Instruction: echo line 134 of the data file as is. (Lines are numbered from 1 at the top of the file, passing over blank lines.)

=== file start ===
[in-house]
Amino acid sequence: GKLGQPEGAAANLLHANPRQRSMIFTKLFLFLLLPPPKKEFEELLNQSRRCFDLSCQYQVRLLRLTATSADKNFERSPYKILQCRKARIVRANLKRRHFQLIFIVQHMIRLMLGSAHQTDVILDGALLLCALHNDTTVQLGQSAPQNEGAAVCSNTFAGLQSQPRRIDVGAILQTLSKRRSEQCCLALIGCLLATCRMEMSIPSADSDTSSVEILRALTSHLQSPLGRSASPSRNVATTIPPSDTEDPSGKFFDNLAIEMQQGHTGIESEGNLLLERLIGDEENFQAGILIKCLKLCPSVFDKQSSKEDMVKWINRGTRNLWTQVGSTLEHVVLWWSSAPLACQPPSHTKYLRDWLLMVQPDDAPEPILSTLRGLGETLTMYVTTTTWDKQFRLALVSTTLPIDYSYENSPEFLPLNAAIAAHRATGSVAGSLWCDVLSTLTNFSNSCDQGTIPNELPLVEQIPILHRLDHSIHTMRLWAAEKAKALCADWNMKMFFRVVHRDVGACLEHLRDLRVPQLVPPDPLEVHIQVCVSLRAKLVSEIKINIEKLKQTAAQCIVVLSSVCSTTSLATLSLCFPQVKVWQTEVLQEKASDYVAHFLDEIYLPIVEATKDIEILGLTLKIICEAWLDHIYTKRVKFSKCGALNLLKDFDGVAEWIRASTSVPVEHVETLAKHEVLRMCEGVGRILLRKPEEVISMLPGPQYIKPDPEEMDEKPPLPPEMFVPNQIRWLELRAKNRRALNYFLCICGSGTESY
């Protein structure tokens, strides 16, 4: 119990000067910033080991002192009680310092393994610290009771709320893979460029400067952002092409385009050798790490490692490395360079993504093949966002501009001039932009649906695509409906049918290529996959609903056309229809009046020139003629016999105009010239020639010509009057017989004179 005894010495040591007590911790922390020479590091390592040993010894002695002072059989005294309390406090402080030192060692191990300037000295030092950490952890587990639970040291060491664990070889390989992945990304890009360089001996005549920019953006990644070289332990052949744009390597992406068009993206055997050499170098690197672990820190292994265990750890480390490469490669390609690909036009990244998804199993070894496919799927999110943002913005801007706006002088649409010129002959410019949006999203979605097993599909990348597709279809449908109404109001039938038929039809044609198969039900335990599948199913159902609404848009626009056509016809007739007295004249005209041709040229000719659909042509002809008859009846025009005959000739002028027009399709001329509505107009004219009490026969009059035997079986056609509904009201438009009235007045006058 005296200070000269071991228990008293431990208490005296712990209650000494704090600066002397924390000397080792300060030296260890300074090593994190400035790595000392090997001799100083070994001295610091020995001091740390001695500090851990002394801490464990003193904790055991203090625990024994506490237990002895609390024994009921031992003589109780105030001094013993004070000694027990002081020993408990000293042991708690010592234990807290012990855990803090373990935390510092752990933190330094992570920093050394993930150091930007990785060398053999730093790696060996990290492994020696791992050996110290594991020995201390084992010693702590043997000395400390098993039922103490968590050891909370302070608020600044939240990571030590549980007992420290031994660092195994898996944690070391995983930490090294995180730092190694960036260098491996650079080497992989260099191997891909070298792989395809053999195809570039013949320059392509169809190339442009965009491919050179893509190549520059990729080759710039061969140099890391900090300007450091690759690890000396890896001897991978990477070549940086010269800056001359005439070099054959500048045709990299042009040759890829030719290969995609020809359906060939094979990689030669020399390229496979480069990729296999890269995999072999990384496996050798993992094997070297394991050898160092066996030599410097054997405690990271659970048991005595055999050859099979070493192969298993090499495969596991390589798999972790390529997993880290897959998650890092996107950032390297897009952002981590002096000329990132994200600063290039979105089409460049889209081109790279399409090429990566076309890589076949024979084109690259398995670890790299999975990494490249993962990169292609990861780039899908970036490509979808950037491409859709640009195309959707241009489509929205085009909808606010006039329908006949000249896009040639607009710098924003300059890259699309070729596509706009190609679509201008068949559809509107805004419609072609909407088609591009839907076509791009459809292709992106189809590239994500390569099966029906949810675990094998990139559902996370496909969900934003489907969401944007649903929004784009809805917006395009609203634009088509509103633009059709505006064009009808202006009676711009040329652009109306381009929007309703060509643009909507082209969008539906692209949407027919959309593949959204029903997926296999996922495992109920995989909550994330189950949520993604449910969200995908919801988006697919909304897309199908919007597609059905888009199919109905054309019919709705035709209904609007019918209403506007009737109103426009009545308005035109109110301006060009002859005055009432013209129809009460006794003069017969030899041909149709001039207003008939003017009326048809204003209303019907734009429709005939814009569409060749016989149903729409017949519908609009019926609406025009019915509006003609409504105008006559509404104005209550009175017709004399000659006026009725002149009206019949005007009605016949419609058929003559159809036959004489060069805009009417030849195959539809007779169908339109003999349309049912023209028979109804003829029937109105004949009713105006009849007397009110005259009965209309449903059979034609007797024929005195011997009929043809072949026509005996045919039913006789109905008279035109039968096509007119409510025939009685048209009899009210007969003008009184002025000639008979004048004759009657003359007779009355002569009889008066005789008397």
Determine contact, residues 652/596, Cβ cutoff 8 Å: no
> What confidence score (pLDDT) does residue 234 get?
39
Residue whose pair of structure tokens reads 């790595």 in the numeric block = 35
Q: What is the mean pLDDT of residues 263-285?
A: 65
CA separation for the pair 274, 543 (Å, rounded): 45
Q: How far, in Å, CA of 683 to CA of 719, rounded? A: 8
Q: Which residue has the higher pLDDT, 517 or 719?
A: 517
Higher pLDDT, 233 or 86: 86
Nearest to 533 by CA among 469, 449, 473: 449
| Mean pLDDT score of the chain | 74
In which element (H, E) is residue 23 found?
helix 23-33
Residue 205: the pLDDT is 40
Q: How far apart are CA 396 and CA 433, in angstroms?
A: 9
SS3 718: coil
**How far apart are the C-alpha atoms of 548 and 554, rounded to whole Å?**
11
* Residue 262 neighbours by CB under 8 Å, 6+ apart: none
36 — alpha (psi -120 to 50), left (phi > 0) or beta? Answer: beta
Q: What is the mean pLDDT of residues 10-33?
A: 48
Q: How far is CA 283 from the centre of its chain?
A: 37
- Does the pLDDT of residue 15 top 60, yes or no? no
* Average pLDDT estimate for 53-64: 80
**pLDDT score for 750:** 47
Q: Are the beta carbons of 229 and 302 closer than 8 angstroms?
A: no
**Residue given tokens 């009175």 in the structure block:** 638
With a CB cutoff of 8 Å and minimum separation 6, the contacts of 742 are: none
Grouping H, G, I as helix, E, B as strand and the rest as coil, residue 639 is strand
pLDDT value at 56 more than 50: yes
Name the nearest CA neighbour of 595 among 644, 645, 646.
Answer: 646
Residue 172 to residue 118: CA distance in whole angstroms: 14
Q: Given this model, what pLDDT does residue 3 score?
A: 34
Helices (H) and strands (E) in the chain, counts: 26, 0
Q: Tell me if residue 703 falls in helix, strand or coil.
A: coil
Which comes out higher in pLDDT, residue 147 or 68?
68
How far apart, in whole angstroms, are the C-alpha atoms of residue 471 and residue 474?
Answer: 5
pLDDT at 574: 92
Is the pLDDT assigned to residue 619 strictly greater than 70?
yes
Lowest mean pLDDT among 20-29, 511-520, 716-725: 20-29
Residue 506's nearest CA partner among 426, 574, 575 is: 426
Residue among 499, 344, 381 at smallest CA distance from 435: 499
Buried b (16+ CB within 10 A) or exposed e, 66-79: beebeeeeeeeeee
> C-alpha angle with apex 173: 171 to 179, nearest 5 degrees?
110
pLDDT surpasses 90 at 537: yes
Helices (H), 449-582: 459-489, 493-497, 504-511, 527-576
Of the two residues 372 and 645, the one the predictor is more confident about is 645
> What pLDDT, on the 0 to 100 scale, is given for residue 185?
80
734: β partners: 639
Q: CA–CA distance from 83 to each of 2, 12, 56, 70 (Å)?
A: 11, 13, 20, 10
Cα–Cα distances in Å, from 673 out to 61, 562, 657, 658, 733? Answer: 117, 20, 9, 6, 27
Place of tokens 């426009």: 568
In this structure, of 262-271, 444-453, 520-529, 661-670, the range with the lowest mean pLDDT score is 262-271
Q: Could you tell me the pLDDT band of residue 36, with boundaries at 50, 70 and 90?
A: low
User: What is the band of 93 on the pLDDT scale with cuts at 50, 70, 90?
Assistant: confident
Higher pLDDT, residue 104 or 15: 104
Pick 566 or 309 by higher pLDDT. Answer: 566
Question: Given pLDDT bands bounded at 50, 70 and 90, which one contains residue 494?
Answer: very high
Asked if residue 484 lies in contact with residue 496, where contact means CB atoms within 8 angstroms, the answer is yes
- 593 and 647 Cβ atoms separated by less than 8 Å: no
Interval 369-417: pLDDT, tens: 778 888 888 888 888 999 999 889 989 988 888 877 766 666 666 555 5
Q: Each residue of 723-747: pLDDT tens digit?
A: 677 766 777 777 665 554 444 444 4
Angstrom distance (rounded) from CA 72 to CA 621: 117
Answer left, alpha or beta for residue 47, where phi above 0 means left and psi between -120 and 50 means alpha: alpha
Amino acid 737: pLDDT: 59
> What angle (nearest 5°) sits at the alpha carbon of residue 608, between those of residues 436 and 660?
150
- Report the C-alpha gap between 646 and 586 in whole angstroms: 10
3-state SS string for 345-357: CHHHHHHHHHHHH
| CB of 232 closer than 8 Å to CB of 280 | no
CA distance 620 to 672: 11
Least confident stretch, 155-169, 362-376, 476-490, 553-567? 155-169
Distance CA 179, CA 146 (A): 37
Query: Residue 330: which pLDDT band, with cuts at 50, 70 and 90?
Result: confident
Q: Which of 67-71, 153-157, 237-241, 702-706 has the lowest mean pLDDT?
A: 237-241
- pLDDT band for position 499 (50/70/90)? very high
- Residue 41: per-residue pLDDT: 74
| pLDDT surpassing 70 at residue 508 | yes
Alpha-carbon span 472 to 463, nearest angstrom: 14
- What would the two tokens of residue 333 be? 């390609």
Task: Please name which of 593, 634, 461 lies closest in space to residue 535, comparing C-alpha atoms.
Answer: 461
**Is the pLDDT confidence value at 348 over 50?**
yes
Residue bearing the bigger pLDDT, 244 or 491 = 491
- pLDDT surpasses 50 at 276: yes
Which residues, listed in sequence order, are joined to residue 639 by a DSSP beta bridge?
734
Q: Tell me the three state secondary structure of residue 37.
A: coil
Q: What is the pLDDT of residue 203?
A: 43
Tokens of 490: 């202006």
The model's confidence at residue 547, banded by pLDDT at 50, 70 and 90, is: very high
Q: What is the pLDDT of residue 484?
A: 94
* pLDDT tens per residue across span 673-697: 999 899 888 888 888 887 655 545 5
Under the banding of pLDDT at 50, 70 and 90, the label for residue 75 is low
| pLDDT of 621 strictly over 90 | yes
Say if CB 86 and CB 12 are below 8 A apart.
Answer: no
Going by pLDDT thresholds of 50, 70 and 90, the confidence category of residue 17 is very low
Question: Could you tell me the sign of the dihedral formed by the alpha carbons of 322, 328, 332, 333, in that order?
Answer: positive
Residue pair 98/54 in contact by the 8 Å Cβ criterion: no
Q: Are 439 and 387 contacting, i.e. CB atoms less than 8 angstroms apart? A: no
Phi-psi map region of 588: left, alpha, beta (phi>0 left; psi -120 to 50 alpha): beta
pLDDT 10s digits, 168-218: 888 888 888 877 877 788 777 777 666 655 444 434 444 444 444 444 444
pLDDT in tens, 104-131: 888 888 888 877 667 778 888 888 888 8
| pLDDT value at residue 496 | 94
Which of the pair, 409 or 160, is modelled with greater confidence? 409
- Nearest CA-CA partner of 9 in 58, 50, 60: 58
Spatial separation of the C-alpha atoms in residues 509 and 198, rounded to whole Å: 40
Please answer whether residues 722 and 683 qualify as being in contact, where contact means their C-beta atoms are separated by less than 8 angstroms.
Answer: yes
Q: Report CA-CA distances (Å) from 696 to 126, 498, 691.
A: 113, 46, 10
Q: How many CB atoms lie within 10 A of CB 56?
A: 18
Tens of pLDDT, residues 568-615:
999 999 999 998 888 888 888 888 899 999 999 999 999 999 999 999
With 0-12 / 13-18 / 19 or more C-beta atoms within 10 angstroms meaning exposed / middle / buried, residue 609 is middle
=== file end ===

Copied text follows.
| pLDDT value at residue 496 | 94